The DLT licensed exchange Covesting announces a Trading Competition with a prize fund of $5000.
Late last month, after Telcoin completed all required documentation for the Virtual Currency Exchange (VCE) license for the Philippines regulator, Bangko Sentral ng Pilipinas (BSP), and successfully submitted to them, Claude and Eric traveled to Manila to meet with Philippines regulators and conducted a presentation and demo about how Telcoin will serve Filipino users and their relatives.
Telcoin is moving forward and we are happy to announce that recently the BSP concluded that Telcoin’s business model and technology met or exceeded the rigorous standards for required licensing, and have issued the company a formal
“Letter of No Objection” – opening the door for full Telcoin operations in the Philippines in the very near future.
Read more about the latest updates here!
What’s the situation with the Ethereum logo assets? Up until January 2018, the official website had this text on the [assets page](https://web.archive.org/web/20180129172257/https://www.ethereum.org/assets):
>We have a more open approach towards the use of the Ethereum logo that is more community-friendly and supports the greater Ethereum and crypto innovation ecosystem. All current Ethereum logos are under Creative Commons attribution 3.0.
The last sentence that states the license is **not** on the [current version](https://www.ethereum.org/assets) of the page. Anyway, the page instructs to read the [branding page](https://www.ethereum.org/brand) instead if the use is not for an article. That page states:
>We are revising those guidelines in order to have a more open approach towards the use of the Ethereum logo that is more community-friendly and supports the greater Ethereum and crypto innovation ecosystem.
>The Ethereum Foundation may be releasing a special seal for use by approved people or entities for foundation specific advocacy, fundraising, and mission-related efforts; more details will be announced.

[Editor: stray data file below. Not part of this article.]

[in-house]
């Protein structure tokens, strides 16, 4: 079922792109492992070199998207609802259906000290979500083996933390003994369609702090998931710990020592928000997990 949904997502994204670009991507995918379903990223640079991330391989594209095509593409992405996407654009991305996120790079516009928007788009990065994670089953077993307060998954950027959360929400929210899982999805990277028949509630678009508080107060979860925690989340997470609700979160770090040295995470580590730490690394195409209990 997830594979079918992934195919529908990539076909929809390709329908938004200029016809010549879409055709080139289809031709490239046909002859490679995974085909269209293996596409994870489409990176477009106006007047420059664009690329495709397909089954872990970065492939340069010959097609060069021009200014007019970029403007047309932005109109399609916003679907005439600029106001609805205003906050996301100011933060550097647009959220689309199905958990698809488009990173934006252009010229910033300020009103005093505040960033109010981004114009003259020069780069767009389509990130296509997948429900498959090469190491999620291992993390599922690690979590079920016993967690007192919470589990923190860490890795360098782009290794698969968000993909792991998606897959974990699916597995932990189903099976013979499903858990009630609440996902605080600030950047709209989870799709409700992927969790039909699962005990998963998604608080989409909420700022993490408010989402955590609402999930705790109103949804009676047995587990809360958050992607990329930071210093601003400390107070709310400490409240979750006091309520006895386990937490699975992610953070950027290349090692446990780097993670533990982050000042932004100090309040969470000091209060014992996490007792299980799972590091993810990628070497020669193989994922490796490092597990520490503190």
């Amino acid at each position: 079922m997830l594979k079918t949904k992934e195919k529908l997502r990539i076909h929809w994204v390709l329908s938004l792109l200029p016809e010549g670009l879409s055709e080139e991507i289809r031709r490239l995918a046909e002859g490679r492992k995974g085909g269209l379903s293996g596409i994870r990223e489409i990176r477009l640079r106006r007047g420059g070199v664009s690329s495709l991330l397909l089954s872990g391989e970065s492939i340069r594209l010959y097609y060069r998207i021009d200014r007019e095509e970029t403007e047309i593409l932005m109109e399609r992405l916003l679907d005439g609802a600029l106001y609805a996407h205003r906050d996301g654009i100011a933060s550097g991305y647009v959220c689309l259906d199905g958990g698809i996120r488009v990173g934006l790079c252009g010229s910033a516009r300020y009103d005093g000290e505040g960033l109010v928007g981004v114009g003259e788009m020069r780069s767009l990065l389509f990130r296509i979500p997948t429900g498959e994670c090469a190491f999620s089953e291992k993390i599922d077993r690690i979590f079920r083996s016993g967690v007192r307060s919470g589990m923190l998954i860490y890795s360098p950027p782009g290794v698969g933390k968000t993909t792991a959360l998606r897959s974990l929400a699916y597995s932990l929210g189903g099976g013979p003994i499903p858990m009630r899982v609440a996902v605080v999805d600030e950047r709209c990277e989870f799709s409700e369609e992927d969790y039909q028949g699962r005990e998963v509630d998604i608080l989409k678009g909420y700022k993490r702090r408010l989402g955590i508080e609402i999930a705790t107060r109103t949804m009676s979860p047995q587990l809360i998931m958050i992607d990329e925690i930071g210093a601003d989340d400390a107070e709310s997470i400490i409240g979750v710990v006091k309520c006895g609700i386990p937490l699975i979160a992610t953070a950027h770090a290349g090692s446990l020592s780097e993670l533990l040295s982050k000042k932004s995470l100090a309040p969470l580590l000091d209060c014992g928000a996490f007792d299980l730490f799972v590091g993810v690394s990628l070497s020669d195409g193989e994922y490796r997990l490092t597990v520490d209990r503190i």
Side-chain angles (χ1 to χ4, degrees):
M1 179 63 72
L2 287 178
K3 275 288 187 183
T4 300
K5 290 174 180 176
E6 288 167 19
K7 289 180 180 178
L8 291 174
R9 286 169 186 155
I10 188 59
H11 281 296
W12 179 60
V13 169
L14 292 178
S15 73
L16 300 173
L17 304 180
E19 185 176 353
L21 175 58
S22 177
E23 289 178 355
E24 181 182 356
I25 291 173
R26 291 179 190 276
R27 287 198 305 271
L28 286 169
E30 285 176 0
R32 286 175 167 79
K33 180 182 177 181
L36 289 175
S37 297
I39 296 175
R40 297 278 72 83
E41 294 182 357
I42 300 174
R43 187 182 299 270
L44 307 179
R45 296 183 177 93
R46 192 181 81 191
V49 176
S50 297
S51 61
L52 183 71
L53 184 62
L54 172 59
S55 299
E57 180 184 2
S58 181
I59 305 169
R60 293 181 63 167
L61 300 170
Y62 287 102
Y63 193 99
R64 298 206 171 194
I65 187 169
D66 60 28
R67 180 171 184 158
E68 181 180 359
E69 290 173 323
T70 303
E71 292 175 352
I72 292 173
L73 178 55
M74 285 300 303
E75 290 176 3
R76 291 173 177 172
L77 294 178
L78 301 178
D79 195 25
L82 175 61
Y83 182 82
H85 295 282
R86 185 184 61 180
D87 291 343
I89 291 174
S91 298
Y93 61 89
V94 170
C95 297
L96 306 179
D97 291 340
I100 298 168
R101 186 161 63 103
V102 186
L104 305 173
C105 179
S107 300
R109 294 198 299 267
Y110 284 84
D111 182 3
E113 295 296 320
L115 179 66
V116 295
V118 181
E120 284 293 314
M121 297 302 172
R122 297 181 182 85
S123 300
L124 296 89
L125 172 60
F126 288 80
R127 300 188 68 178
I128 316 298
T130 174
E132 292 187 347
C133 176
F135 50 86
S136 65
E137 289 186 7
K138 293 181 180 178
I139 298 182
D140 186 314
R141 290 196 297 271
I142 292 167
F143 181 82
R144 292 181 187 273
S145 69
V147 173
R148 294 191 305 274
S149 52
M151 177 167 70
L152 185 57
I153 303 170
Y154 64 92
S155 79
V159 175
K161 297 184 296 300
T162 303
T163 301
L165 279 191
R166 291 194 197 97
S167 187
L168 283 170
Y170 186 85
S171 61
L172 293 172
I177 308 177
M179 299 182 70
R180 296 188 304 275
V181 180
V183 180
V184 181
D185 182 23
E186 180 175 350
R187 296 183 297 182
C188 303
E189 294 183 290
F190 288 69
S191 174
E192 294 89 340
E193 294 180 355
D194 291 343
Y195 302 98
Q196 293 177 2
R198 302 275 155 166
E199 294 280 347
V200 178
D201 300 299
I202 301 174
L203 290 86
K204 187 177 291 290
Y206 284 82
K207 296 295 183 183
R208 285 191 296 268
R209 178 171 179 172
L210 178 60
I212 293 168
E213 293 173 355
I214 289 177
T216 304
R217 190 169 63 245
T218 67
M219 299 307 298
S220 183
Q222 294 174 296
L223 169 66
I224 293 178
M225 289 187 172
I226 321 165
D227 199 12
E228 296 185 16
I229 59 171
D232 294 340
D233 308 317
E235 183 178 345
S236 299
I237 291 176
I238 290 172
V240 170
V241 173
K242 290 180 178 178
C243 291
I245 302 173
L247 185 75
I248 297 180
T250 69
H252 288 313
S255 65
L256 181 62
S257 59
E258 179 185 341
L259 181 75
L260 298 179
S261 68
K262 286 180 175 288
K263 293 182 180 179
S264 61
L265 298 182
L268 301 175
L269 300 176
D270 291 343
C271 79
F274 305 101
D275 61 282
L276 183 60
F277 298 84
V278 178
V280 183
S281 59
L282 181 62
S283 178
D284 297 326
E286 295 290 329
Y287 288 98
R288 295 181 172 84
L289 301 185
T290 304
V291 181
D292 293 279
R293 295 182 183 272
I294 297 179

This makes it seem like *nobody* is currently allowed to use the logos outside of news articles, before they have revised their guidelines. The PDF on the page doesn’t say anything useful on the matter. I did send a message to the brand email address, but haven’t received a response yet.
I also found out that the logo (without text) has been redistributed on [Wikimedia](https://commons.wikimedia.org/wiki/File:Ethereum_logo_2014.svg) a couple of years ago, under the CC Attribution 3.0 Unported license. The [Creative Commons FAQ](https://creativecommons.org/faq/#what-if-i-change-my-mind-about-using-a-cc-license) states:
>CC licenses are not revocable. Once something has been published under a CC license, licensees may continue using it according to the license terms for the duration of applicable copyright and similar rights. As a licensor, you may stop distributing under the CC license at any time, but anyone who has access to a copy of the material may continue to redistribute it under the CC license terms.
If I’m interpreting this right, it means I can use the logo on my website because it was once distributed with the aforementioned license. Although, the logo on Wikimedia doesn’t actually match exactly with the current logo on the assets page, since the colors are a bit different (I checked this via GIMP).
Any thoughts or (official) information on this?
David Jevans: Careful Where You Buy Crypto From! Regulation of crypto assets is a big topic in the current flow of news, with a recent report by The WSJ accusing Shapeshift of money laundering through Monero, a privacy coin that licensed exchanges in Japan were banned from listing.